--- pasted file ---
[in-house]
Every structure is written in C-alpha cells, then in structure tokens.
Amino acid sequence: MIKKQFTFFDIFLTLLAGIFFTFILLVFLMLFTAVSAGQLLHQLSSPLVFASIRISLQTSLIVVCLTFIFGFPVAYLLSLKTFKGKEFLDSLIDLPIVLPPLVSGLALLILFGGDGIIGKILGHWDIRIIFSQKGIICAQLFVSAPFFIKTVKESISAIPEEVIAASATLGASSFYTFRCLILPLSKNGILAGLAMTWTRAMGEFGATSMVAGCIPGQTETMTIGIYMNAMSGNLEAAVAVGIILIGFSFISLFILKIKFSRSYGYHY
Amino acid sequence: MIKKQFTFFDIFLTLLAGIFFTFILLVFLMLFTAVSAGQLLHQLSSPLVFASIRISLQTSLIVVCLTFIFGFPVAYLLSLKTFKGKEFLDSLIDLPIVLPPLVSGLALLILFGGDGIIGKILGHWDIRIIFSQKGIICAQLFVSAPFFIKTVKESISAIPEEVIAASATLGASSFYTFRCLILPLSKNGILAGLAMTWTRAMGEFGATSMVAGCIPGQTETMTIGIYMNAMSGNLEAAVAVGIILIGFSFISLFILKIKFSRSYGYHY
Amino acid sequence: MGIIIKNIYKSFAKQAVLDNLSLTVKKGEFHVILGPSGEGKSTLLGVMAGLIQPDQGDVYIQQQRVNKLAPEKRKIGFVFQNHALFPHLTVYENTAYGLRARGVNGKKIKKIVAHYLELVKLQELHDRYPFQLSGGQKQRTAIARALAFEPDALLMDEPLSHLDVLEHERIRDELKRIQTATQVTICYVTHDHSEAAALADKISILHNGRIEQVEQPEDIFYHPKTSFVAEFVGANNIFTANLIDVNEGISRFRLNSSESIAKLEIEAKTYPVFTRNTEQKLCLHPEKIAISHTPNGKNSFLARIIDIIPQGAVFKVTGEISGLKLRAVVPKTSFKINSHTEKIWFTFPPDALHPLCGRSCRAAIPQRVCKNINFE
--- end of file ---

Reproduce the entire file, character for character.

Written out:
[in-house]
Every structure is written in C-alpha cells, then in structure tokens.
Amino acid sequence: MIKKQFTFFDIFLTLLAGIFFTFILLVFLMLFTAVSAGQLLHQLSSPLVFASIRISLQTSLIVVCLTFIFGFPVAYLLSLKTFKGKEFLDSLIDLPIVLPPLVSGLALLILFGGDGIIGKILGHWDIRIIFSQKGIICAQLFVSAPFFIKTVKESISAIPEEVIAASATLGASSFYTFRCLILPLSKNGILAGLAMTWTRAMGEFGATSMVAGCIPGQTETMTIGIYMNAMSGNLEAAVAVGIILIGFSFISLFILKIKFSRSYGYHY
Amino acid sequence: MIKKQFTFFDIFLTLLAGIFFTFILLVFLMLFTAVSAGQLLHQLSSPLVFASIRISLQTSLIVVCLTFIFGFPVAYLLSLKTFKGKEFLDSLIDLPIVLPPLVSGLALLILFGGDGIIGKILGHWDIRIIFSQKGIICAQLFVSAPFFIKTVKESISAIPEEVIAASATLGASSFYTFRCLILPLSKNGILAGLAMTWTRAMGEFGATSMVAGCIPGQTETMTIGIYMNAMSGNLEAAVAVGIILIGFSFISLFILKIKFSRSYGYHY
Amino acid sequence: MGIIIKNIYKSFAKQAVLDNLSLTVKKGEFHVILGPSGEGKSTLLGVMAGLIQPDQGDVYIQQQRVNKLAPEKRKIGFVFQNHALFPHLTVYENTAYGLRARGVNGKKIKKIVAHYLELVKLQELHDRYPFQLSGGQKQRTAIARALAFEPDALLMDEPLSHLDVLEHERIRDELKRIQTATQVTICYVTHDHSEAAALADKISILHNGRIEQVEQPEDIFYHPKTSFVAEFVGANNIFTANLIDVNEGISRFRLNSSESIAKLEIEAKTYPVFTRNTEQKLCLHPEKIAISHTPNGKNSFLARIIDIIPQGAVFKVTGEISGLKLRAVVPKTSFKINSHTEKIWFTFPPDALHPLCGRSCRAAIPQRVCKNINFE